Iconic Australian Films that aren’t Crocodile Dundee

If you want to find some ripper cinematic representations of Aussie culture Mick Dundee himself would warn you’ll be ‘flat out like a lizard drinkin’ separating the top contenders from what really is the friendliest place on earth. No place to start looking like Bojangles though. I’ll just get my jacket…. 

  1. Chopper 

An Australian crime drama film based on the autobiographical books of a notorious Australian criminal Mark “Chopper” Read, played by Eric Bana. Set in Melbourne’s seedy underworld it follows his colourful life and encapsulates his time in prison, interspersed with occasional dark humour and memorable one-liners. Don’t tell me you’ve already seen it… you’ll upset your Mum!! 

  1. Red Dog.

I mean, I’ve heard it’s a classic. I haven’t actually watched it because I saw it significantly mess up a lady with a headset on a Qantas flight on a trip overseas and there was no way I was going to make that mistake in front of a flight full of strange passengers. And now that I have an adorable red working breed dog of my own, I’m not exactly about to change my mind, am I? Marley and Me did me in hard enough. 

  1. Looking for Alibrandi 

Originally a book by Melina Marchetta, this flick featured Pia Miranda who played lead Josephine Alibrandi. As a high school student Josie was dealing with the trials and tribulations of life as an only daughter in an Italian immigrant family while attending an elite Catholic private girls’ school in Sydney.  This narrative has the capacity to evoke both laughter and tears, particularly during more gut-wrenching scenes that addressed the premature death of a young teen played by Matthew Newton. Thank Christ that Jacob Coote from Cook High was around to prove a welcome and seamless distraction to soothe our fickle if not callous young minds back in the early 2000s. 

  1. The Adventures of Priscilla, Queen of the Desert This one was released in 1994 and plots the journey across Australia’s outback by two drag queens and a transgender woman on a tour bus dubbed “Priscilla”. A worldwide hit worth over $29.7 million at the box office, this movie helped bring LGBTQI+ themes to mainstream audiences, all with a touch of with glitz, glamour costumes and good humour to boot. Who knew it would have just the right recipe to put Australia’s iconic outback on the global stage? It literally turned out to be just what the country needed: a cock in a frock on a rock.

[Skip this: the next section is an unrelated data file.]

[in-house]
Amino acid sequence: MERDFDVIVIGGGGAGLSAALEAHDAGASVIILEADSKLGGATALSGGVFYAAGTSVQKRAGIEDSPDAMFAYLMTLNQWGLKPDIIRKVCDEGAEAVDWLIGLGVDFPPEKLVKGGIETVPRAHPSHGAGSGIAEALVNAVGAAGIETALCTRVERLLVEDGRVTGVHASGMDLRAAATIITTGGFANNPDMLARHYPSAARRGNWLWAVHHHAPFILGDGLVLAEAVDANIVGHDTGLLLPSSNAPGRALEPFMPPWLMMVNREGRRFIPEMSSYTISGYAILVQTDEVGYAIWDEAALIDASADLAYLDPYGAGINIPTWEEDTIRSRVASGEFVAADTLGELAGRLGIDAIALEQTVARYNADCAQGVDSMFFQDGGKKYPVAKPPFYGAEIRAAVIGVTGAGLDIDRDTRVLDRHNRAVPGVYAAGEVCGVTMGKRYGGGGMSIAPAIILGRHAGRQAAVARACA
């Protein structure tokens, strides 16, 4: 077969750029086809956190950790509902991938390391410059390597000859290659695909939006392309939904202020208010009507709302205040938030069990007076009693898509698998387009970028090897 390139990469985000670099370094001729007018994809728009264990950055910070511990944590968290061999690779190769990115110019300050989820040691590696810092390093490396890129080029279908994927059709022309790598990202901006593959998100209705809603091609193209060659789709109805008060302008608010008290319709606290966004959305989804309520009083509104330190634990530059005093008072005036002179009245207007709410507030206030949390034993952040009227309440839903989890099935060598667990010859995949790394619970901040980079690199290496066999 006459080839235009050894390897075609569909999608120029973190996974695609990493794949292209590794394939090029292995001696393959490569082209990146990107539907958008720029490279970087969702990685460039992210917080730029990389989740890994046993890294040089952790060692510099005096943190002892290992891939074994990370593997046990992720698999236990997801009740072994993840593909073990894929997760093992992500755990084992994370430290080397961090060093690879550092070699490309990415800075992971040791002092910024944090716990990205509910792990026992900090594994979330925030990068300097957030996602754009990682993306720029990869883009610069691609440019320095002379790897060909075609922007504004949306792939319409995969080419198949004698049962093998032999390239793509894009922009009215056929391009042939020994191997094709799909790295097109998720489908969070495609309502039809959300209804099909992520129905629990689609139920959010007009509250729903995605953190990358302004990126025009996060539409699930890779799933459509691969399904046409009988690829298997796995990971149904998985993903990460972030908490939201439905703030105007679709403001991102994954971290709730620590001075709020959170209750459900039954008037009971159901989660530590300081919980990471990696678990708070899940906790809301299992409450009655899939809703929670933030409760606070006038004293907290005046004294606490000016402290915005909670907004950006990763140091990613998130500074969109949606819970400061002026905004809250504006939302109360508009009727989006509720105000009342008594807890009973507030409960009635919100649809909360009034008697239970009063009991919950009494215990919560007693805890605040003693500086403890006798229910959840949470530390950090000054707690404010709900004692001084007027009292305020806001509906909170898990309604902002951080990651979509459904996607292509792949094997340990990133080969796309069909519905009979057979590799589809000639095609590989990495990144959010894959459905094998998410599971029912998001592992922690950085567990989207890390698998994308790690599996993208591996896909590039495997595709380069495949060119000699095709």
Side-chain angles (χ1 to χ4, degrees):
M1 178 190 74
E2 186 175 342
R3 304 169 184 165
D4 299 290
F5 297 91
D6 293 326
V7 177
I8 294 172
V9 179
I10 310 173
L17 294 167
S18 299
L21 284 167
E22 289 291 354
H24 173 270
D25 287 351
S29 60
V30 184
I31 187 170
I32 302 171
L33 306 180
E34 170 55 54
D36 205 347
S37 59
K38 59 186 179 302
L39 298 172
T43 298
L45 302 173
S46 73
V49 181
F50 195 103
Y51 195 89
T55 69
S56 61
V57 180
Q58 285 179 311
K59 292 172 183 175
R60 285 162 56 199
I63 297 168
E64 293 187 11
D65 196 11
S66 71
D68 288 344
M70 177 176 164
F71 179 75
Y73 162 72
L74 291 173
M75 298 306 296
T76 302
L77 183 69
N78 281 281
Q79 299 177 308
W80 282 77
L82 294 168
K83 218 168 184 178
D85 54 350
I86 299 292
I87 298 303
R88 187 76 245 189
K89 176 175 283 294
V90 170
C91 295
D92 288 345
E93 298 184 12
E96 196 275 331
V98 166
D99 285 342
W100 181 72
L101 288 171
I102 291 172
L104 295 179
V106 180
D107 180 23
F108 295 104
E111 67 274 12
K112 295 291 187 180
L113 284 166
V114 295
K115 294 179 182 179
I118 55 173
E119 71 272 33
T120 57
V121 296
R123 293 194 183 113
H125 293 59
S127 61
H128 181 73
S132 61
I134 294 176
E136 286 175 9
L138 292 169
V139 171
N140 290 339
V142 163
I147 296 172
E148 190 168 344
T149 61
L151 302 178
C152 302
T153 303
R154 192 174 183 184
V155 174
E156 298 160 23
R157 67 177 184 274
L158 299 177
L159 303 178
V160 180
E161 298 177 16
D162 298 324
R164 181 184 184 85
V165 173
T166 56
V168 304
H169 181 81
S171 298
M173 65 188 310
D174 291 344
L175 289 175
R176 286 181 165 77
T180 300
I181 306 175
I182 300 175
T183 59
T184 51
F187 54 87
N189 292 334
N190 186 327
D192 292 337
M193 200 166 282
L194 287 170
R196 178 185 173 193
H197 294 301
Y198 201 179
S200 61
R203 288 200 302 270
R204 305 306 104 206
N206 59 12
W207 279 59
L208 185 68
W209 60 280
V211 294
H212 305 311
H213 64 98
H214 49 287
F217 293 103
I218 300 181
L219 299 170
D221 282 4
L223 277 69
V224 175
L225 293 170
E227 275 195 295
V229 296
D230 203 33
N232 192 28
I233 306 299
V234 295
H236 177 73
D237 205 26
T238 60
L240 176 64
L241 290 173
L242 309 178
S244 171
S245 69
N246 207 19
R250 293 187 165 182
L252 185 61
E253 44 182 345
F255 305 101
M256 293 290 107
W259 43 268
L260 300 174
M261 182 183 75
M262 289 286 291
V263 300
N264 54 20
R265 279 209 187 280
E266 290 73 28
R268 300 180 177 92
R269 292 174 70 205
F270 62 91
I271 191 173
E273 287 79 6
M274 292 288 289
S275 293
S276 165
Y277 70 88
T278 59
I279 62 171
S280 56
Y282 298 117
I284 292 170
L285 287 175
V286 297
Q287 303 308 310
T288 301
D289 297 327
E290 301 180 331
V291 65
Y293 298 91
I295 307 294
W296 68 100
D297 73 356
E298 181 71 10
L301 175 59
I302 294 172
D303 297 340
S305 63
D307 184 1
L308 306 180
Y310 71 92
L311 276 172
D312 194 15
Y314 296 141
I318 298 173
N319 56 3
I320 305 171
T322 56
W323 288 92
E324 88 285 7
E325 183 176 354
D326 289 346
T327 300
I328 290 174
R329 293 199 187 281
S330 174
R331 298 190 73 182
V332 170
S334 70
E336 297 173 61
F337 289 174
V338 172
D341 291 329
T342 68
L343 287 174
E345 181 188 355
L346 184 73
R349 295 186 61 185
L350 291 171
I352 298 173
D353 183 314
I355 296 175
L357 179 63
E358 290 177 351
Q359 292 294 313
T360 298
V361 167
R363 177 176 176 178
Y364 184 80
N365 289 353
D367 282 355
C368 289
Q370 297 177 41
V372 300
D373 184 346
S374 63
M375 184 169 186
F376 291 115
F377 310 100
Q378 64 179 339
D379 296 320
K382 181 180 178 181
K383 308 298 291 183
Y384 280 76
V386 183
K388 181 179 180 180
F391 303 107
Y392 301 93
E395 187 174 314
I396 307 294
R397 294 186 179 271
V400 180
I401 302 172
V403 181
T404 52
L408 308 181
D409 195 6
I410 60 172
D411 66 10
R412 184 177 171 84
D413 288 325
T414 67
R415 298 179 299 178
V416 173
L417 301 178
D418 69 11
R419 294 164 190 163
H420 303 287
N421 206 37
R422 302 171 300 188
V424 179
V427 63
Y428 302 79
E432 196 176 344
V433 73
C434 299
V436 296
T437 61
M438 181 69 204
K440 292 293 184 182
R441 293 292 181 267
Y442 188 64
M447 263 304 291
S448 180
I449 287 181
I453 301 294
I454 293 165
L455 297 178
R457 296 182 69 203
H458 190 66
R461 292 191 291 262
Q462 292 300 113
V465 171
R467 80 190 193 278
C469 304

1. Muriel ‘s Wedding Muriel doesn’t really need an introduction, (well mainly only to say that she’s terrible) and far less still does her wedding. A comedy drama film directed by Paul Hogan and released in 1994, it focuses on the socially awkward character Muriel (played by Toni Collette). With a fantasy of leaving her dead-end hometown Muriel pursues a better life. The film earned rave reviews, a Golden Globe award nomination and was later adapted to stage for a theatrical musical production spectacular. And who can blame a young ABBA fan for wanting to be married and beautiful anyway? She deserves happiness even if she did jilt Tim Sims after flogging her parents’ life savings because she couldn’t afford an overseas tropical vacay on an multi level marketing wage with the Porpoise Spit equivalent of Mary Kay and literally no fucking friends. Not trying to sound ungrateful but Deidre Chambers set her up with that – NOT a coincidence.  
  1. Weekend at Bernie’s.

Who doesn’t love a playboy type mansion, jetskis, good weather and the hilarity of having to cart around a dead guy? Anyway, kidding. It was obviously an American film but timeless nonetheless and a really enjoyable watch. Still hanging out for Bernie Returns for revenge # 3. Why wasn’t it a trilogy, anyway?

7. The Castle.

Last but by no means least, this one brings us home and sends us straight to the poolroom. A classic Australian comedy film released in 1997 featuring Eric Bana, it was shot over eleven days with a budget of $750,000. It grossed over 10 million at the box office. The films self-deprecating humour plays on Australia’s working-class notion that ‘a man’s home is his castle.’ The one-liners and will have you chortling, thus endearing you to Aussie qualities, quirks and plights including that of the under-dog seeking a fair go. But waddya call this one, darl? Genius. 

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Naomi Fryers is a writer, author, TEDx speaker and storyteller from Melbourne, Australia.

A former editor at The Good Men Project her words have been featured in Elephant Journal, Yahoo Lifestyle!,  Women’s Agenda and The Huffington Post. Her debut book, ‘A Very Long Way’ is available in audio at Barnes and Noble.  

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